Abortion “rights” — how did we get here?


Protecting your right to take the life of your own child.

Included in the September 11, 2012 decision by the Ninth Circuit Court of Appeals, where the Court found that Jennie McCormack could not challenge the Pain-Capable Unborn Child Protection Act, was a history of abortion from a legal standpoint. It’s been almost forty years since the landmark case of Roe v. Wade, and now this “right” to an abortion is so engrained in our legal system.

The history lesson starts:

Historically, laws regulating abortion have sought to further the state’s interest in protecting the health and welfare of pregnant women, who alone bear the burden and risks of pregnancies. With this interest in mind, abortion statutes were first enacted to protect pregnant females from third parties providing dangerous abortions.

Thus, according to the Ninth Circuit’s historical perspective, the whole purpose of abortion laws is to protect the life of the mother. This generally means that the mother is not liable for her action in regards to abortion, while a third party who is not a doctor (if required by that state) can be held liable. The issue of whether the mother could be held liable for her actions was at the heart of this case.

While this supposed protection of the life of the mother was the reason (according to the Ninth Circuit) for abortion laws, the court then explains that no undue burden should be put on this law to “protect” women.

Requiring a woman to read abortion laws is an “undue burden,” according to the Ninth Circuit:

There can be no doubt that requiring women to explore the intricacies of state abortion statutes to ensure that they and their provider act within the Idaho abortion statute framework, results in an “undue burden” on a woman seeking an abortion of a nonviable fetus.

Then there is the issue of how accessible abortions are in a geographical location:

McCormack does not want to have additional children. If she became pregnant, she would seek an abortion again. Because there are no providers of medical abortions in southeast Idaho, McCormack would need to seek the assistance of providers of abortion services outside of southeast Idaho.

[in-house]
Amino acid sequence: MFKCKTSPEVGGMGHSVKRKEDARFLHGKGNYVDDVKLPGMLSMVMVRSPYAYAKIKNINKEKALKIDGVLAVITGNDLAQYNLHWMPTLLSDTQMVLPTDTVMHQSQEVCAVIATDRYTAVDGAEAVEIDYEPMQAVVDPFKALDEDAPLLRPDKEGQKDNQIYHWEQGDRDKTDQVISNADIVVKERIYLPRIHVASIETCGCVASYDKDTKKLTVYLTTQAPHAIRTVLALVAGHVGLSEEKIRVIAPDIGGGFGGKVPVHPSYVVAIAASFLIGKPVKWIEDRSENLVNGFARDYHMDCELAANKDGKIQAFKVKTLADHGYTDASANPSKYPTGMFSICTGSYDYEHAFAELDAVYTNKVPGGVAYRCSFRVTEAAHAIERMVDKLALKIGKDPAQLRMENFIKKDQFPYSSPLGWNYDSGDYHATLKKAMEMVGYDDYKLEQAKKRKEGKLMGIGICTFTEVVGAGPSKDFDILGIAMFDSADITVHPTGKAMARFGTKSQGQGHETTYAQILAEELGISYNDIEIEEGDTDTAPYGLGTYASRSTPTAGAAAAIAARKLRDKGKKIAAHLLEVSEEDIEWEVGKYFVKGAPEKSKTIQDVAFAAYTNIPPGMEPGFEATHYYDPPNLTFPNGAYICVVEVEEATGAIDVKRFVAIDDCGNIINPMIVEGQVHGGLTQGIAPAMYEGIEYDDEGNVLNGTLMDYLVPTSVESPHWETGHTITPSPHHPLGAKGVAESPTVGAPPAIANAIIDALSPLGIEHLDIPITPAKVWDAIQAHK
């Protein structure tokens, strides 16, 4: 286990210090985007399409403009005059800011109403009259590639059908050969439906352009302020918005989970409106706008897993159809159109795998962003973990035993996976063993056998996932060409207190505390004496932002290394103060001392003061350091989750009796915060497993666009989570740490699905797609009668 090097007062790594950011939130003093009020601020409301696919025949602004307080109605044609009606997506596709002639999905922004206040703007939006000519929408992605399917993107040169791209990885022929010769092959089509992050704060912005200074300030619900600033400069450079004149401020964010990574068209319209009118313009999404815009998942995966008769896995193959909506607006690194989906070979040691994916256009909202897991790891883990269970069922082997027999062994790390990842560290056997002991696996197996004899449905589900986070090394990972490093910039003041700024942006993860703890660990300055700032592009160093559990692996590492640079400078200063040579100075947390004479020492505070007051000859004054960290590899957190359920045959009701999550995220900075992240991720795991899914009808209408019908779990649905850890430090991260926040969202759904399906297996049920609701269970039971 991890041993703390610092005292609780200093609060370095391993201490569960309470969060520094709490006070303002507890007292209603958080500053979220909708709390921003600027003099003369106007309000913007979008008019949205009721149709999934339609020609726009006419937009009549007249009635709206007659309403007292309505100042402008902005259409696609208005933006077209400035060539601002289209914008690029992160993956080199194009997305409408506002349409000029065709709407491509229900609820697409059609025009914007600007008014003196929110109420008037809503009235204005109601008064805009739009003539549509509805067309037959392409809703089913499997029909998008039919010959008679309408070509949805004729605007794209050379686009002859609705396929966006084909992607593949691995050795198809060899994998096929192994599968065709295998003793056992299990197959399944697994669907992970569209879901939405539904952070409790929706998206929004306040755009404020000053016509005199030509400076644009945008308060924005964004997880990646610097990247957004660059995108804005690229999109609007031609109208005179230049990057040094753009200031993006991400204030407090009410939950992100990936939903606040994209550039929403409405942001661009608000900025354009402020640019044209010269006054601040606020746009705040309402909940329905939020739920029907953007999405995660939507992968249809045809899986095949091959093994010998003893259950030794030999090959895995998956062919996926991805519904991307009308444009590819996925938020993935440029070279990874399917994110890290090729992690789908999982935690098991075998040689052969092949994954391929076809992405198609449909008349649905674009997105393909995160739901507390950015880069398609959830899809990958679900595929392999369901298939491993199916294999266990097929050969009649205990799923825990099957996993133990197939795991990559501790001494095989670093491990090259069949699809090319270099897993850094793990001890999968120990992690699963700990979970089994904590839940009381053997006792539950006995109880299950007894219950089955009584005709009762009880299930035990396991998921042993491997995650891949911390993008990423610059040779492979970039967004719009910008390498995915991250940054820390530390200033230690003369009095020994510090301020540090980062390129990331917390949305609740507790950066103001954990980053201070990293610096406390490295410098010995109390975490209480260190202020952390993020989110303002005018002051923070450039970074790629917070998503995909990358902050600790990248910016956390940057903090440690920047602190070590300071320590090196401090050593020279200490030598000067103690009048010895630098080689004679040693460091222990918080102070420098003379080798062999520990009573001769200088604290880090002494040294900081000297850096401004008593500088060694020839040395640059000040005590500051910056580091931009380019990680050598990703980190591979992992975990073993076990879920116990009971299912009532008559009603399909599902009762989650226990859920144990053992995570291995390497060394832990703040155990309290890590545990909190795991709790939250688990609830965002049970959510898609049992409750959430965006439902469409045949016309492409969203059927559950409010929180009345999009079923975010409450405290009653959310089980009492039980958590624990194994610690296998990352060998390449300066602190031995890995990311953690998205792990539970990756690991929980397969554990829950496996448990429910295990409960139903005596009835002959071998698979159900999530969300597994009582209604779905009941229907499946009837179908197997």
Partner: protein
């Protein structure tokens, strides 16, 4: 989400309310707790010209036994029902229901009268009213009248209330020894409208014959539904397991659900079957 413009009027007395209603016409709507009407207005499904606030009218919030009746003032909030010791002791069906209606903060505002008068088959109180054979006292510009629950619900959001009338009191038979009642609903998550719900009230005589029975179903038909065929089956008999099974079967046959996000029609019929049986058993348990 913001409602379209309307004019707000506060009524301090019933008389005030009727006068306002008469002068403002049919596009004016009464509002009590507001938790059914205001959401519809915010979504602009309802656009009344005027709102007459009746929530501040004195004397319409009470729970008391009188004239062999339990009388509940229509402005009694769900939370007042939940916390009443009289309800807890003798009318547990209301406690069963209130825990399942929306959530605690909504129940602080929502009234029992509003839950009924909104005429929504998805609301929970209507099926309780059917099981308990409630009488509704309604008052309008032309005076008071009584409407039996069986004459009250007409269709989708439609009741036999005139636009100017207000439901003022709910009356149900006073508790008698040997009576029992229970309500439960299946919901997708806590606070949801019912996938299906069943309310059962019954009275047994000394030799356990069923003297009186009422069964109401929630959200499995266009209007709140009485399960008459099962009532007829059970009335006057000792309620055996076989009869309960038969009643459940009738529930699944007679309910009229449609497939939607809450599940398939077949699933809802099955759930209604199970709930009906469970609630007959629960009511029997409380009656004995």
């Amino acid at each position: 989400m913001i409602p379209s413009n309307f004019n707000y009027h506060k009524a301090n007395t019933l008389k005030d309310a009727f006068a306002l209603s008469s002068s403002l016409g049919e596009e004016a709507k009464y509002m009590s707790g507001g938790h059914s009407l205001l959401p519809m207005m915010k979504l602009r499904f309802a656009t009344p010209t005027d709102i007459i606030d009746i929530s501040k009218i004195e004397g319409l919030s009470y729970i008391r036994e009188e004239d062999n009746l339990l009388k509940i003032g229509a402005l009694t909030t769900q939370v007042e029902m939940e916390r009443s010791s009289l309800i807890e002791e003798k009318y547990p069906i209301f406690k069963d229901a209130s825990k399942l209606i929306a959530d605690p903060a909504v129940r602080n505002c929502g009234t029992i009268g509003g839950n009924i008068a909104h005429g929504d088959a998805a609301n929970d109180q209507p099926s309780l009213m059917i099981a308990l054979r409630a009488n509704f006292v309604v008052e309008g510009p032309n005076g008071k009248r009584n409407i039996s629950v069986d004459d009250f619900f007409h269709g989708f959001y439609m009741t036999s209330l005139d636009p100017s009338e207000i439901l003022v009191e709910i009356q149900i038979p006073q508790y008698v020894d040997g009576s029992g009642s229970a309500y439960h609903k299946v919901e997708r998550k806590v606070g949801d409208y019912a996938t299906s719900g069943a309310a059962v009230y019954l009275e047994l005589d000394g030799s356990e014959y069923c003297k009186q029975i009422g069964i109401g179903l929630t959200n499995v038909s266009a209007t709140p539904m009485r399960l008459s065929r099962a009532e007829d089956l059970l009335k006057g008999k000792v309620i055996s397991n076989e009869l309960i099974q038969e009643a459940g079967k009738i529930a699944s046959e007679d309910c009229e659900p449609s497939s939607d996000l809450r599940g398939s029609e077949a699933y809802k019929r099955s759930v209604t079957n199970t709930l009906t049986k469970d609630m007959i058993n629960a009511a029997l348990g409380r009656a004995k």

The Ninth Circuit recognizes the  “burden” of ethical and financial implications:

This Idaho statute heaps yet another substantial obstacle in the already overburdened path that McCormack and pregnant women like her face when deciding whether to obtain an abortion. For many women, the decision whether to have an abortion is a difficult one involving the consideration of weighty ethical, moral, financial, and other considerations…. Among other things, women must contemplate whether they are ready for a child or another child, including considering whether that child conforms with plans for future education and career goals.

The burden of finance is again taken into consideration:

Further, McCormack and other women in her position, have to grapple with the cost of the abortion itself as well as the long-term financial implications of not having one.

The court also speaks of the burden of travel, time off work, and harassment:

Many women, like McCormack, must travel long distances to the closest abortion provider…. This requires a pregnant woman take time to miss work, find childcare, make arrangements for travel to and from the hospital and/or clinic, and to possibly make arrangements to stay overnight to satisfy the 24-hour requirement…. Once at the clinic, pregnant women may have to further manage “the harassment and hostility of antiabortion protestors demonstrating outside a clinic.”

What was framed originally as a health-of-the-mother question (under the theory that women needed to be protected from the dangers of non-clinical abortions) has evolved into a right that cannot be unduly burdened. The court in this case found that the potential of criminal liability to the pregnant women was likely to “[constitute] an undue burden on a woman’s constitutional right to terminate her pregnancy before viability.” So we find ourselves living in a country where women are protected in their “right” to take the lives of their own children.

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